• Viktor Dite

    mee too!

  • Albert Zablit

    A few hours in photoshop you say?

  • Albert Zablit

    You wouldn’t get the same effect. Here you have a physical sense of the car, while tricking the mind that it’s not actually there. There’s volume and space that can’t easily be duplicated in post without major efforts (3D compositing could be one imho).
    The artistic and creative side of it also cannot be matched. Not to say that the digital version couldn’t stand on its own, it just wouldn’t deliver the same impact.

  • Putthabut Nuyung


  • Adrian Staicu

    Yes but you get to hire an army or people (more jobs -> good for economy), and block a street for half a day and act all important.

  • W van de Kletersteeg

    If it was done in Photoshop it would cost way less and yield the same result. So without telling the complete story along with the advertisement the money spent is utterly useless in my opinion.

    Great art nonetheless.

    Btw: I also thought MS Paint was meant in the title, lol

  • KeeFyBeeFy

    Yes. A few hours in photo shop.

    1 photo without the cars, 1 photo with the cars.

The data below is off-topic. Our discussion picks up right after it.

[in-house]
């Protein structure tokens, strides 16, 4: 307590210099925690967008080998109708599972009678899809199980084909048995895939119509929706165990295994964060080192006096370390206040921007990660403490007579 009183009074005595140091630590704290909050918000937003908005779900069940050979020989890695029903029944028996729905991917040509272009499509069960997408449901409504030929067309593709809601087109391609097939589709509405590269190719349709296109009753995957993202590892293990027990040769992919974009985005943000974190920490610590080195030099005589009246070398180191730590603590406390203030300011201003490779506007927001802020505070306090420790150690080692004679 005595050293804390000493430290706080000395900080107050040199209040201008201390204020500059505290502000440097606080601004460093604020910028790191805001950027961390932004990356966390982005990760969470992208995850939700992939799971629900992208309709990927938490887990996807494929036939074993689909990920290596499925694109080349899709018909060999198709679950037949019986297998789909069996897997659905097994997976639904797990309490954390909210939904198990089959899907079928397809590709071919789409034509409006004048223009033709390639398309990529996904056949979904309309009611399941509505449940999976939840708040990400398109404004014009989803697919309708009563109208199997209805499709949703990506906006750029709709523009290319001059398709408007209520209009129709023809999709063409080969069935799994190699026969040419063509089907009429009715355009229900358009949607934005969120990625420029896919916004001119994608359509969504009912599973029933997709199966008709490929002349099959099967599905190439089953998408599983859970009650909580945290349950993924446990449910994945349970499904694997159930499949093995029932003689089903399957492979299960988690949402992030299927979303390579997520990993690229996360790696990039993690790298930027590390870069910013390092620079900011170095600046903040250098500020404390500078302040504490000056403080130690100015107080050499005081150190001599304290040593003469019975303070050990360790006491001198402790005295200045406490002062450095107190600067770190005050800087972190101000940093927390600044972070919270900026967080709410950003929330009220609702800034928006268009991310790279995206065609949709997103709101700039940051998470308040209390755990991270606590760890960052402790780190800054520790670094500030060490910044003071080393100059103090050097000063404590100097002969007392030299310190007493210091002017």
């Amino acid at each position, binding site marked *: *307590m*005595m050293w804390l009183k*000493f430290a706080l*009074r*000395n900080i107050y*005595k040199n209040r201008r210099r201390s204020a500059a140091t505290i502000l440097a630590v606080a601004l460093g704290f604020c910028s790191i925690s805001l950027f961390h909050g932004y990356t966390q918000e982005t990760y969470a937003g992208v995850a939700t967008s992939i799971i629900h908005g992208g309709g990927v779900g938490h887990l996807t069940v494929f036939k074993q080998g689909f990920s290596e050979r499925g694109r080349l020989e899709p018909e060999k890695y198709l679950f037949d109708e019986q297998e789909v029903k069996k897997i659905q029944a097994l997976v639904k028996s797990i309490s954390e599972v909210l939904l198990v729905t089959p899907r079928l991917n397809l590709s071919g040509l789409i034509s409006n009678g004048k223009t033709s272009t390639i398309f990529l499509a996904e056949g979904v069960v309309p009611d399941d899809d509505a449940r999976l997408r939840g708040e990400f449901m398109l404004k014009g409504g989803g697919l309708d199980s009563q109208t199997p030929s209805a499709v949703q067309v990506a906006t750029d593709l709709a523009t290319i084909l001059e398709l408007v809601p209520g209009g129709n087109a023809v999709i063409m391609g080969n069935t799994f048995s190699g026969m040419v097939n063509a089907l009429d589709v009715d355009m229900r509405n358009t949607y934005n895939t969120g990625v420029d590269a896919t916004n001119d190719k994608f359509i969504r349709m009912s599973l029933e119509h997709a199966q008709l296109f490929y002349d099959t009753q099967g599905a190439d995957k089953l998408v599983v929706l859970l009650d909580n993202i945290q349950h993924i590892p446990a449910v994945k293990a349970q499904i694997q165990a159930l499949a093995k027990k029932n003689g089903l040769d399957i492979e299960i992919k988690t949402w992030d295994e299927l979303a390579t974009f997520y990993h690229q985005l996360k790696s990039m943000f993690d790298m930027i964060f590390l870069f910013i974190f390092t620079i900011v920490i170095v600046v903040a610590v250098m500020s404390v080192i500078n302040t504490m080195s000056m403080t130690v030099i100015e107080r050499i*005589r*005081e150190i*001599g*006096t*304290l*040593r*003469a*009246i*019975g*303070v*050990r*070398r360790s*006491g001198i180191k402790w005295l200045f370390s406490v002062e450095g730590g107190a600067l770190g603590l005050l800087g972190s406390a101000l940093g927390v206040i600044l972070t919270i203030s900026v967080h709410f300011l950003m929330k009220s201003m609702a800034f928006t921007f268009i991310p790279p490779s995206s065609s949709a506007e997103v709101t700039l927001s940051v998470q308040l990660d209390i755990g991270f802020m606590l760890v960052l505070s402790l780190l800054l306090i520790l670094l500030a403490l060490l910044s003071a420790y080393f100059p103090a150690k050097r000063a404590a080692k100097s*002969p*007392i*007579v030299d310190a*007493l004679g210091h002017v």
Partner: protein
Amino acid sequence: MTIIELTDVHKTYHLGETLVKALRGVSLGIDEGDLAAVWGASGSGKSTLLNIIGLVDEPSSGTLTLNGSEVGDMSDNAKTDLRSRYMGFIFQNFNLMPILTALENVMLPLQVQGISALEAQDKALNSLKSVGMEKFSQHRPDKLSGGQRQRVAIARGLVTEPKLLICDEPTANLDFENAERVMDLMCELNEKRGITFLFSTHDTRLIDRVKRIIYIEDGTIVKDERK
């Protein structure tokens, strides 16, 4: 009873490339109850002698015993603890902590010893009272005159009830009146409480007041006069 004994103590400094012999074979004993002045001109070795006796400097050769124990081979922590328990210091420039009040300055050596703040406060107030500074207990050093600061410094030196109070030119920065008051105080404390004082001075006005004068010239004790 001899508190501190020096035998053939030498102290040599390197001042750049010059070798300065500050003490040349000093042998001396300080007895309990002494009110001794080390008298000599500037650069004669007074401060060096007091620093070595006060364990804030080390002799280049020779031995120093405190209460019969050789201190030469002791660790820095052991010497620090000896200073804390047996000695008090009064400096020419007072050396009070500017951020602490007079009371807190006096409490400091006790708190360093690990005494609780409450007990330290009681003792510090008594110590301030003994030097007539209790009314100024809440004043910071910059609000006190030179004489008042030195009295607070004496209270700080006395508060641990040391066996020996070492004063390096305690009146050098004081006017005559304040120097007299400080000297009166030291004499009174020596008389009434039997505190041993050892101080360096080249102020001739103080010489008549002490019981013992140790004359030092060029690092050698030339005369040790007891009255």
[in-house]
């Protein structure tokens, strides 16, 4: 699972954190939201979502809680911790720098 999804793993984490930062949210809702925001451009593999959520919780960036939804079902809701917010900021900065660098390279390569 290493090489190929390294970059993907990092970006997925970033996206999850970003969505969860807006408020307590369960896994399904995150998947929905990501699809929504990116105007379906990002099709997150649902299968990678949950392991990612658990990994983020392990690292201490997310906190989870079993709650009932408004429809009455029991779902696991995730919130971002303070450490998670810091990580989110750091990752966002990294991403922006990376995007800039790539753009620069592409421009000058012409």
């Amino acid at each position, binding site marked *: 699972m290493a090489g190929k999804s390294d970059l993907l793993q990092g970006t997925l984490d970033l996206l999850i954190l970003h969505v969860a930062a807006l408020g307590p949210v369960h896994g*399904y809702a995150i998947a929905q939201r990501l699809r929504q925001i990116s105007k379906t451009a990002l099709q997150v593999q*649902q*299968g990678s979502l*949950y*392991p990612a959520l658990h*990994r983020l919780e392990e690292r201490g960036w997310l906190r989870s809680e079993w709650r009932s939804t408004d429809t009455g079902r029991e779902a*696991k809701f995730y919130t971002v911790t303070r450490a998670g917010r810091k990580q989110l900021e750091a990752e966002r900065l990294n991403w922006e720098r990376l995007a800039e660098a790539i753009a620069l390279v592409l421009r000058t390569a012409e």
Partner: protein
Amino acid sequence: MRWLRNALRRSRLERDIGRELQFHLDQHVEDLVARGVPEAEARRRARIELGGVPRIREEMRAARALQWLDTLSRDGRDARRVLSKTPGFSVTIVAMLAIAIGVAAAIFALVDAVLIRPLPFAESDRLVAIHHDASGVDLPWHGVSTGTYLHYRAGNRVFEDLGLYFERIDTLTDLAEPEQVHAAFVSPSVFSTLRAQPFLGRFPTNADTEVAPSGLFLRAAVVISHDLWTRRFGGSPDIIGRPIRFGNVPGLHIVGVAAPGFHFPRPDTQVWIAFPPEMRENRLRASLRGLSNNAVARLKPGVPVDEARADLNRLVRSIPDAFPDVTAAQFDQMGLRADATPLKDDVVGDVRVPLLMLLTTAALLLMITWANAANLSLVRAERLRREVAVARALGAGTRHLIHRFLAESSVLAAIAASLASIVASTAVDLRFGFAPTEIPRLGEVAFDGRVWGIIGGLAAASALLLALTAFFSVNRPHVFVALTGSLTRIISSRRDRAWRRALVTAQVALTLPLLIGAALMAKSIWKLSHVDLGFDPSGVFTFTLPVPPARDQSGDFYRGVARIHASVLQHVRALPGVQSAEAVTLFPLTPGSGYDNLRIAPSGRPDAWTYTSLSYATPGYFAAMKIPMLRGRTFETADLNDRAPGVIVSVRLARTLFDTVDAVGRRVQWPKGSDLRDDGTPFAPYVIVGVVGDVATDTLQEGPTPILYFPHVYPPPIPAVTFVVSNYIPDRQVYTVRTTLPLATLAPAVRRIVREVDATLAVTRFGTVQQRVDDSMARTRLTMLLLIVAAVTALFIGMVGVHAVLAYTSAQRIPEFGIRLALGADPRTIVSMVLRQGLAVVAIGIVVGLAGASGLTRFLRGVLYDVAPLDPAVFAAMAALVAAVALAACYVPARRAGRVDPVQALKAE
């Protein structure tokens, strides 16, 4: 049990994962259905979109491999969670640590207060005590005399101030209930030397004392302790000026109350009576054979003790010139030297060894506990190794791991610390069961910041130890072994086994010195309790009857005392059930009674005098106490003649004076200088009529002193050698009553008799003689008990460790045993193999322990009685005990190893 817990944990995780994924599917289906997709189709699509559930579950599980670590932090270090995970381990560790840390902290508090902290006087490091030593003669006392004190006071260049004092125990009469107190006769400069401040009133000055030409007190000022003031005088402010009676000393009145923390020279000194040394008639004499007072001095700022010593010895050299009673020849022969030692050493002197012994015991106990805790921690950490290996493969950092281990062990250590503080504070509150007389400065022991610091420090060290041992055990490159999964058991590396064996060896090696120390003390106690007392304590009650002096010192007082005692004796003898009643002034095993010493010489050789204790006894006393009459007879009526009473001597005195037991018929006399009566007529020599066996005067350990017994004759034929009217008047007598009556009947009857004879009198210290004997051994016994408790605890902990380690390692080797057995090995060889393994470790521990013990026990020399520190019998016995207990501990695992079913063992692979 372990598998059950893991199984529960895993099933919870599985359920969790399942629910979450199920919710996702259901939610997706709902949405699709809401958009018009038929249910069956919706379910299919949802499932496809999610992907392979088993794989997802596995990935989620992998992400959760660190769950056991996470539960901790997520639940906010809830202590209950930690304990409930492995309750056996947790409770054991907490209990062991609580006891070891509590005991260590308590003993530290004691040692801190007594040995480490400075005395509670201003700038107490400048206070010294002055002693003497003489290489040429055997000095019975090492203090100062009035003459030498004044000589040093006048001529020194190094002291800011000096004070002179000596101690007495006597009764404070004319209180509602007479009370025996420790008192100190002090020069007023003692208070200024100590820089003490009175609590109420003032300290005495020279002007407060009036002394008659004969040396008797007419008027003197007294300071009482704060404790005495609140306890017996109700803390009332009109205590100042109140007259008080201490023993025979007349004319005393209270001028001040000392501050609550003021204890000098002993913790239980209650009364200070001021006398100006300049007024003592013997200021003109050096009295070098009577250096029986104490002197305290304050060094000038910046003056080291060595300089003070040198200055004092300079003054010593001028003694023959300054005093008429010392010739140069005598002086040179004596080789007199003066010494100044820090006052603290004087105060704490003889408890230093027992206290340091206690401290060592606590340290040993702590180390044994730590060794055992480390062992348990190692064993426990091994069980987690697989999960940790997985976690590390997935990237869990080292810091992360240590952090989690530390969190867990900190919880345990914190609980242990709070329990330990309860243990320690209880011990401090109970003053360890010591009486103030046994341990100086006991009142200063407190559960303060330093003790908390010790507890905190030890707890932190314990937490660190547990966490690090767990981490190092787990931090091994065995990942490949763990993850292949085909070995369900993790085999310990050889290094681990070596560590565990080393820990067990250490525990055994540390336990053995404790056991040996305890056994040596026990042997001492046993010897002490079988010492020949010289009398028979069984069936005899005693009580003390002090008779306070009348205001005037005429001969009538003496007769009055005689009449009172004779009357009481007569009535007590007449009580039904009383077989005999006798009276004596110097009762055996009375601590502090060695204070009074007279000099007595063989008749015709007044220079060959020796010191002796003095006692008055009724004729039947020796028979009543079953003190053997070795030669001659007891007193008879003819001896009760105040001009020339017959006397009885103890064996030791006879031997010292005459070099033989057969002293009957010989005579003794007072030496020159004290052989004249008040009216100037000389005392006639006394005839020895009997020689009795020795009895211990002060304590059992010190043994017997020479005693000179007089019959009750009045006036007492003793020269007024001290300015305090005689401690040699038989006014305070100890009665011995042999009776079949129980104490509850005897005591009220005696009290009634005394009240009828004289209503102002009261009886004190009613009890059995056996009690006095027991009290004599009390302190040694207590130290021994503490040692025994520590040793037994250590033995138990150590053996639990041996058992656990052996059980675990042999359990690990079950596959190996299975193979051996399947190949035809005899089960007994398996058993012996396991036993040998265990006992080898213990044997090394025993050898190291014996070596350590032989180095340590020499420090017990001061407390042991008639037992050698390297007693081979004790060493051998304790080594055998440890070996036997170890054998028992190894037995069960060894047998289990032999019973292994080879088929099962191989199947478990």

Layer and blend. Talk about all the “3d” looking releasim you want. A few hours in photoshop will net a similar result. Sure it won’t be exactly the same.. but anyone else who does not know the background of the picture will be non-the-wiser… as most people will.

  • Albert Zablit

    With all due respect, I deem it too purely utilitarian and dumbed down a view in my opinion. It strips the fun and awe out of the end product and its creation process, not to mention the conversations that stem from it.

    Photoshop and 3D (car) ads abound already, it’s refreshing to see someone take a different spin on it. I sure enjoyed it, and would have loved to see those images in as large a format as possible. I see no waste here, and if those involved got their kick out of it, which I’m sure they did, then it’s a (creative) win all the way.

    Also, I’ve worked with visual agencies as a retoucher for jobs less seemingly demanding than the one you’re proposing, and I can assure you, it ain’t a “few hours in Photoshop.”

  • KeeFyBeeFy

    Again. It boils back to the argument. Without any background on the image, any person would think photoshop. If it’s a video, CGI. Simple as that. Whilst refreshing to people who know, adverts such as these have a generic target audience, since you mentioned you’ve worked in the industry i’m sure you understand what i’m talking about. So back to the point of General layman:”I see it on a billboard, looks photoshopped/digitally edited”. HE/SHE is not going to find out how the photo was made, or even going to spend the time reading on the Ford website how it was done. If the viewer is at the website, it’s to look at the car(s).

    TADA – What. A. Total. Waste. Of. Time.

    Anyway, I can assure you.. It is a few hours work with the right equipment such as a 24HD coupled with good workflow and knowledge.